India might be a strange and mystical land for tourists, but for those of us who were raised here and live here, it’s just home. We don’t think of it as being a place where cases defy all scientific explanation and stubbornly refuse to get solved. However, that is exactly what happened with the following cases:
In a disputed territory (Aksai Chin) between India and China, lies a low ridge pass called Kongka La; due to its location in the Himalayas and it being a disputed area, it is one of the most un-visited parts of the world. By humans that is. Locals of the region from both countries, monks, soldiers and even pilgrims to Mount Kailash have reported seeing strange crafts in the area.
According to some, the site has an underground UFO base that Chinese and Indian authorities are aware of. Despite permits, researchers are not allowed into the area. People have reported seeing triangular crafts that rise straight upwards into the sky. Though disputed, neither country shows any urgency in exploring the area so far.
In 273 BC, Asoka conquered Kalinga and became overwhelmed by the bloodshed he saw, which led to his conversion to Buddhism. In his search for the truth, Asoka is said to have come across knowledge so powerful that if it fell into the wrong hands, it would destroy humanity. To guard this knowledge, he found nine men, each of who was entrusted with one book.
The men (supposedly including Pope Sylvester II) were said to have belonged to different lands and races, so that the information remained spread out across the world. Over the years, this story has faded into myth, but there are some people who believe that those nine men formed the first secret society of the world that that their descendants have used the knowledge in those books to become powerful men.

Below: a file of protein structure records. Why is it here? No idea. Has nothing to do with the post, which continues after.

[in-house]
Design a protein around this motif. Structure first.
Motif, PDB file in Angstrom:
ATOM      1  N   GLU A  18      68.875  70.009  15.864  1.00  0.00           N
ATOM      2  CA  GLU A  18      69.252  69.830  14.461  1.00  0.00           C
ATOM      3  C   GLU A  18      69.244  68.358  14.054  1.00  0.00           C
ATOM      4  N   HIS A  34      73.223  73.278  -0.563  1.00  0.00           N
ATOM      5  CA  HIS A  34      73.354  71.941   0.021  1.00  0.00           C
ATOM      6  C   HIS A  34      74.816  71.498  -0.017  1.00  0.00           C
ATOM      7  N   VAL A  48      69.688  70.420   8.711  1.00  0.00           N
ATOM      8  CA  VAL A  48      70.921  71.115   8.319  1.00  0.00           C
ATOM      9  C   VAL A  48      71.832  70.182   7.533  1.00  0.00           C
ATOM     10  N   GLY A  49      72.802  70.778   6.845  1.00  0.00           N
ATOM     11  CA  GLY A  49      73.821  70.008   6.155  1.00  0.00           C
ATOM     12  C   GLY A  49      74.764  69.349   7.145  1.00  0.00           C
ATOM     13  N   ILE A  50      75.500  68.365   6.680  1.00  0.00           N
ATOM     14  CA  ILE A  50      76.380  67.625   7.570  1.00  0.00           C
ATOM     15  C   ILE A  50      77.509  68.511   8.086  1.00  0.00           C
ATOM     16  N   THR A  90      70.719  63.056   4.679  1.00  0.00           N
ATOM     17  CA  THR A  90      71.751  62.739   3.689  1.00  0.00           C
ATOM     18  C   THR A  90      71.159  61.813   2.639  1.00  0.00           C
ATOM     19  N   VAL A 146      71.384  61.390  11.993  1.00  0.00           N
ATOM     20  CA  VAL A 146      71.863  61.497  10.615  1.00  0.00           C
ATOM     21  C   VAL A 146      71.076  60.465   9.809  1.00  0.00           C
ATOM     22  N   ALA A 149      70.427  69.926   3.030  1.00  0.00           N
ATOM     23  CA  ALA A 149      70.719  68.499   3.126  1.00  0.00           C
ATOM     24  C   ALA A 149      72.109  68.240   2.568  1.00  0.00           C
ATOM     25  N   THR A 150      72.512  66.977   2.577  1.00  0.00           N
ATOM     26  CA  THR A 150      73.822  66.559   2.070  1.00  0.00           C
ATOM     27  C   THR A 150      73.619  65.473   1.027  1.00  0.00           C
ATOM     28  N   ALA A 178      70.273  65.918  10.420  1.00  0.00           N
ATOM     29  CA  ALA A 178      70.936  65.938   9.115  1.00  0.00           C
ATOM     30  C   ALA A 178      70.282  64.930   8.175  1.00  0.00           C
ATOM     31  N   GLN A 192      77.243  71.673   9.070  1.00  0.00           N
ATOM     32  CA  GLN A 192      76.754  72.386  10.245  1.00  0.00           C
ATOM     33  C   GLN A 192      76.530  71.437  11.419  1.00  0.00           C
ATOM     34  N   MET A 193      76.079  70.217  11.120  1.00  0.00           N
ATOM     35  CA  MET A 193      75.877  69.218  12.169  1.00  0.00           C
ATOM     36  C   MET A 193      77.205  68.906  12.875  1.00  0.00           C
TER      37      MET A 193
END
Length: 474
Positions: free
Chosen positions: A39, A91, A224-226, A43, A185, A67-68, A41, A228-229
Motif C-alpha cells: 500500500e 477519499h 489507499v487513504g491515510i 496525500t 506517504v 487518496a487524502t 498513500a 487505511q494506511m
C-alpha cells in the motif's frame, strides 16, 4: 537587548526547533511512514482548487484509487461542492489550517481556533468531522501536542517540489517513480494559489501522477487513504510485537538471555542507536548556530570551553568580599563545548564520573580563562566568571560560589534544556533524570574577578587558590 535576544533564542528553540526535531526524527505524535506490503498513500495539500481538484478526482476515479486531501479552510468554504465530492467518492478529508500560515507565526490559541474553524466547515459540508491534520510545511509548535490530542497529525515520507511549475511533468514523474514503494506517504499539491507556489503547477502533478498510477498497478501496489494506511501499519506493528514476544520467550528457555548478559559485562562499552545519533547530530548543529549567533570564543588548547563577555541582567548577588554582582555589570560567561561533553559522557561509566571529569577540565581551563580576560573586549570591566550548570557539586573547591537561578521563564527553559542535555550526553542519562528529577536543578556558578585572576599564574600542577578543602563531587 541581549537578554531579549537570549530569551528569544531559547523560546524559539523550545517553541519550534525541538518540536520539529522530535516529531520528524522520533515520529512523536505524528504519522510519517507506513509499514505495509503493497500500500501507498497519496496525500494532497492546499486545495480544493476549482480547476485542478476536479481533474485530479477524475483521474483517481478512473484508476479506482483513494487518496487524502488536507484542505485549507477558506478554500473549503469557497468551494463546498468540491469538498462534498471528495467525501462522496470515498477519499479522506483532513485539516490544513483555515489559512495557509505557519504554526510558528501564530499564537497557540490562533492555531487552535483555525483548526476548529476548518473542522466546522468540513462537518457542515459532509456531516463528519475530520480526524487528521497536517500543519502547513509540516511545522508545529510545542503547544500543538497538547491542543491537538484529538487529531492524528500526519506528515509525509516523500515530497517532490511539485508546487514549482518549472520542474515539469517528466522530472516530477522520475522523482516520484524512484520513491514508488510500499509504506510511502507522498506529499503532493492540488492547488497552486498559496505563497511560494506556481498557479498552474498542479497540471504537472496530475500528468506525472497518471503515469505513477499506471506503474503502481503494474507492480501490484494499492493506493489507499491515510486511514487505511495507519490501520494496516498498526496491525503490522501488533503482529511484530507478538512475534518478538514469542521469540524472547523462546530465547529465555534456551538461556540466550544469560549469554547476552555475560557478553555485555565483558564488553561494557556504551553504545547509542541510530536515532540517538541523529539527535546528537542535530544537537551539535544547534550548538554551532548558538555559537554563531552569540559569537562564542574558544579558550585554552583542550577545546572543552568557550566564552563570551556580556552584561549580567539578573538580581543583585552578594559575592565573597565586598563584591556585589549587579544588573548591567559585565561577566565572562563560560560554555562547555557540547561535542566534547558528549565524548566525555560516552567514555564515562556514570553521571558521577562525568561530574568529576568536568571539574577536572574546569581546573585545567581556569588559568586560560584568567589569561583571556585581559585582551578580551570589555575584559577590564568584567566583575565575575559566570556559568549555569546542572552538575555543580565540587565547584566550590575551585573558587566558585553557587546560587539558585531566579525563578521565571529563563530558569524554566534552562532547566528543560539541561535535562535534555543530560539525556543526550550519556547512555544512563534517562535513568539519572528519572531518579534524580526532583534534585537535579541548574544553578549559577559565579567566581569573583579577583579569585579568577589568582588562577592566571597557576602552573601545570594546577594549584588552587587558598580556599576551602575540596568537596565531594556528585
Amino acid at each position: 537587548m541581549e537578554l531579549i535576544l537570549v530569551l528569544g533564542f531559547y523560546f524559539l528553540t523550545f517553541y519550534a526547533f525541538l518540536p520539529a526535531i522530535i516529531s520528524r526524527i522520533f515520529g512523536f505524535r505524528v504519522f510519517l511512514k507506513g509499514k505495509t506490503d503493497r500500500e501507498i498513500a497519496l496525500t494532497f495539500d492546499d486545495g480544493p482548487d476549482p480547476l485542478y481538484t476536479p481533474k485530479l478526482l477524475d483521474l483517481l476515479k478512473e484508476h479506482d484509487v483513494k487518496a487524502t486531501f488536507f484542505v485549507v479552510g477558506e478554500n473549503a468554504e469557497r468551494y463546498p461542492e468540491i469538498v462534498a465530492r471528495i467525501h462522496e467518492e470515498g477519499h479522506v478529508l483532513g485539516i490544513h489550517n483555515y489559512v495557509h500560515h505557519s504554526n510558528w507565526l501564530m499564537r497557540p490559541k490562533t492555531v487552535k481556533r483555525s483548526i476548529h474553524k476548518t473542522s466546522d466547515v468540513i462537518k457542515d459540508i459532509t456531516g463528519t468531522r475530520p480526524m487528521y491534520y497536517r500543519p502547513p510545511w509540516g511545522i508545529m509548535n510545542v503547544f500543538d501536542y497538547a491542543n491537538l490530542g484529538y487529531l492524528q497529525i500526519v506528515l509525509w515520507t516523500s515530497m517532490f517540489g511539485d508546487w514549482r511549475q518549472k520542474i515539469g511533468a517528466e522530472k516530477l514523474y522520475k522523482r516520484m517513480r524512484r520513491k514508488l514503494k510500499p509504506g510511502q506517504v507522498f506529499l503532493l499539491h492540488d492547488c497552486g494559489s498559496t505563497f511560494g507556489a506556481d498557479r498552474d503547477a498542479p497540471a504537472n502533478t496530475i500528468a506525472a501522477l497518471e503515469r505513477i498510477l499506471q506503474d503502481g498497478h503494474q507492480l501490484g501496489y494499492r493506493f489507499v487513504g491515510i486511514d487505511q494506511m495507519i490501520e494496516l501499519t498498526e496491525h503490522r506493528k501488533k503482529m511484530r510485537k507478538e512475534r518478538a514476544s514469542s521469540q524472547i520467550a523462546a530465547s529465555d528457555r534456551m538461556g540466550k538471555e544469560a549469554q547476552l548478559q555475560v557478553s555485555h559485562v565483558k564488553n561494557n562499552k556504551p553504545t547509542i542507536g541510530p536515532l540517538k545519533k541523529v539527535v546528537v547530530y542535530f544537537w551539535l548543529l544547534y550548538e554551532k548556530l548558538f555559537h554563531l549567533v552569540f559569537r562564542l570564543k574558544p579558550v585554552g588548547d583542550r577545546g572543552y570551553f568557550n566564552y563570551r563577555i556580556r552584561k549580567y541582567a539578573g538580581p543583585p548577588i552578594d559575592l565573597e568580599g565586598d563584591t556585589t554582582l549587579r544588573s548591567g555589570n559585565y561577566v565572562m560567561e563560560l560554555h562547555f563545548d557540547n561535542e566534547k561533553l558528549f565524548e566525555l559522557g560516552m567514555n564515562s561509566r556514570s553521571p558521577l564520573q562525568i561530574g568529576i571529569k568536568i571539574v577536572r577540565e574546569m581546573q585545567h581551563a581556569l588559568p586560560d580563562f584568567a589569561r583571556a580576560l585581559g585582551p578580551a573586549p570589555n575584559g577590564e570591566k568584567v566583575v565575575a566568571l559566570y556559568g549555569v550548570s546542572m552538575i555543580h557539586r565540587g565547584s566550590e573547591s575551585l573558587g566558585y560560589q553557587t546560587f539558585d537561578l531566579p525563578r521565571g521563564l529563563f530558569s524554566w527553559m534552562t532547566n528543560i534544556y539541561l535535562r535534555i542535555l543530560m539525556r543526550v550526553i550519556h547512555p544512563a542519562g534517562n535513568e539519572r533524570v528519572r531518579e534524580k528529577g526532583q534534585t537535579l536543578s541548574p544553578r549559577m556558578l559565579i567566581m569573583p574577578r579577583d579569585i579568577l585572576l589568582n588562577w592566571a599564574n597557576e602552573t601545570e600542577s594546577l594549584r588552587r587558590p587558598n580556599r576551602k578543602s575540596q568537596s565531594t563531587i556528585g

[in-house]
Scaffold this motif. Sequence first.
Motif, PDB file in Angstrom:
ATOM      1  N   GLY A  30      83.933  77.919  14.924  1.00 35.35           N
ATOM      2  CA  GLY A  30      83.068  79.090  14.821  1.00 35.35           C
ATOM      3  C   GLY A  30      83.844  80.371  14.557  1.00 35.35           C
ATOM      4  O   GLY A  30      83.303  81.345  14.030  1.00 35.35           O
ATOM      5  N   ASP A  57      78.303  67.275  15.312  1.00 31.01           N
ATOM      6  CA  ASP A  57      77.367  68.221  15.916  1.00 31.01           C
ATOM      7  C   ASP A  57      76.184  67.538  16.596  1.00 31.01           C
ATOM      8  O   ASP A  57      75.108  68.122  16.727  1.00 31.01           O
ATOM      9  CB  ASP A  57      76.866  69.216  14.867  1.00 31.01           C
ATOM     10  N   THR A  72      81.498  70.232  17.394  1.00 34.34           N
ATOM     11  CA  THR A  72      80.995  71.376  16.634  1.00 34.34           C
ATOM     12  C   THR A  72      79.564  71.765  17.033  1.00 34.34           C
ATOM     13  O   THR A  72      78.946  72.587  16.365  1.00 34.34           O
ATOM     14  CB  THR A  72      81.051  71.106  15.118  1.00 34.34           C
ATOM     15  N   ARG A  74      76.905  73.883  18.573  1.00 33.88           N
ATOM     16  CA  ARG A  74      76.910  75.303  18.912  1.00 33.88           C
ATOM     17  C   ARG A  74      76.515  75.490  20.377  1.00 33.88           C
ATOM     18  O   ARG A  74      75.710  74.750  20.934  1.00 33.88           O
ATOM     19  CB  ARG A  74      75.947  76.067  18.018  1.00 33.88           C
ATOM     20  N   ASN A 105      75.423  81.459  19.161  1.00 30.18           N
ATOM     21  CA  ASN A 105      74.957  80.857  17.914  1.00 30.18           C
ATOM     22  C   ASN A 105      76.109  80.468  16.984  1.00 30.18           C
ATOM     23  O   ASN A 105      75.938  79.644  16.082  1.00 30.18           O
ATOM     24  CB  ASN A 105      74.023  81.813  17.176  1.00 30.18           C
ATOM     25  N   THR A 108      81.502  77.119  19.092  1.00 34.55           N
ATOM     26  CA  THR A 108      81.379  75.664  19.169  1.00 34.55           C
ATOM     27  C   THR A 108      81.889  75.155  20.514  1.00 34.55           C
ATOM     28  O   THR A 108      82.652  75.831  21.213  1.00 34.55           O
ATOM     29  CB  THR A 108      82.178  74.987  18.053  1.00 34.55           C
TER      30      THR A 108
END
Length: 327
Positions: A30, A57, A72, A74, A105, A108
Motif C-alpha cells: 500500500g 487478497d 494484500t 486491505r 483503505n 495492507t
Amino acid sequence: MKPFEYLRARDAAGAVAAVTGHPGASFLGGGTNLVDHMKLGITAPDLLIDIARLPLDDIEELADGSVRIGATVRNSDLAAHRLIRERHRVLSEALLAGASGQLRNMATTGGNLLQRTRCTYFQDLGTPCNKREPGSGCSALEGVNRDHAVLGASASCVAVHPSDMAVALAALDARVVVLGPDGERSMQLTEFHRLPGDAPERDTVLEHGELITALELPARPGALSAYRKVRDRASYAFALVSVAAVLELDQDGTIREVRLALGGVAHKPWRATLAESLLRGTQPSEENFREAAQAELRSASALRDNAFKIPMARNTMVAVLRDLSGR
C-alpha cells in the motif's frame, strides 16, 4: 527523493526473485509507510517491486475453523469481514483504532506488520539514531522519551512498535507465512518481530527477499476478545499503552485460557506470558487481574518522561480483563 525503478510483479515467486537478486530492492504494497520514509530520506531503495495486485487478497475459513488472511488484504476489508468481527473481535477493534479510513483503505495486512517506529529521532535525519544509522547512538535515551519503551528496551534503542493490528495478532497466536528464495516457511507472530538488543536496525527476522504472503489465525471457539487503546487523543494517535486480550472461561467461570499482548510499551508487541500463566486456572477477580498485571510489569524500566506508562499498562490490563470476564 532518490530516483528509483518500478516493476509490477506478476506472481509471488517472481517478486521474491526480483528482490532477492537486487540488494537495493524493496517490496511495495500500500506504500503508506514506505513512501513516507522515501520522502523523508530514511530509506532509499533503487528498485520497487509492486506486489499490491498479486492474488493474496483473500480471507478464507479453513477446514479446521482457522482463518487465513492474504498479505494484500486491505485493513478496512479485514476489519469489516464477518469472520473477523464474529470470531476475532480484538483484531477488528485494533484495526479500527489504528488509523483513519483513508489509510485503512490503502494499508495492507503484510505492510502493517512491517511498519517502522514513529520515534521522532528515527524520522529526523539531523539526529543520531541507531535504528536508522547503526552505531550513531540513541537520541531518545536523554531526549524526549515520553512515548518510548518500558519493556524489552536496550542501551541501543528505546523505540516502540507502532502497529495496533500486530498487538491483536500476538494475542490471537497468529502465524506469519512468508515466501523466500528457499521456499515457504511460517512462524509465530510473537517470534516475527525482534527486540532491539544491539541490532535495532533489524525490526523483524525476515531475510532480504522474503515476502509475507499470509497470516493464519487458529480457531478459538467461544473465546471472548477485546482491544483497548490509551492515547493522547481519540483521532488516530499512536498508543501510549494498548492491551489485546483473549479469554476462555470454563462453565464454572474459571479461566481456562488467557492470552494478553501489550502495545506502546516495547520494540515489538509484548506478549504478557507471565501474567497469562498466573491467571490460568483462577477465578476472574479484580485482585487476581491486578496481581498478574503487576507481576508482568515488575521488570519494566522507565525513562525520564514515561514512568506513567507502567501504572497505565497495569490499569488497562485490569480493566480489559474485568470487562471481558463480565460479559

Kuldhara was a village established in 1291 in western Rajasthan by Paliwali Brahmins. It became a very prosperous town and all seemed good. In 1825, however, all the people in Kuldhara and the nearby 83 villages just up and left. India is a land of traditions and the reason why these people abandoned a place where their families had lived for 7 centuries has never been explained.
There was some talk of an evil minister of the kingdom who wanted to marry the daughter of a chief so all the villagers went away…but that seems a little far-fetched. Anyhow, the village still stands, though time is constantly taking a toll on it, in eerie silence, uninhabited since the time it was suddenly abandoned.
December 2012 was a weird time as people were wondering if the world was going to end. It didn’t quite end but sure spooked the hell out of people when unexplained sonic booms were heard across the world. One place a deafening sonic boom was heard was the Indian city of Jodhpur on 18 December, 2012.
It was so loud that terrified people ran out of their homes. People thought it was an explosion in the army area, but the army denied it. Even the air force denied having anything to do with it. Locals tried hard to figure out what caused the loud sound but it has remained unexplained to this day.
This is a tale of going way above and beyond the call of duty. Late Punjab Regiment sepoy, Harbhajan Singh, was stationed at the Nathula Pass on the Sino-Indian border. 1968 saw heavy rainfall and flooding in the region, and Singh was carried away by a fast-flowing stream on 4 October, 1968 while he was escorting a mule caravan. That should have been the end of it but soldiers started seeing Singh in their dreams; he told them where to find his body and to construct a samadhi there.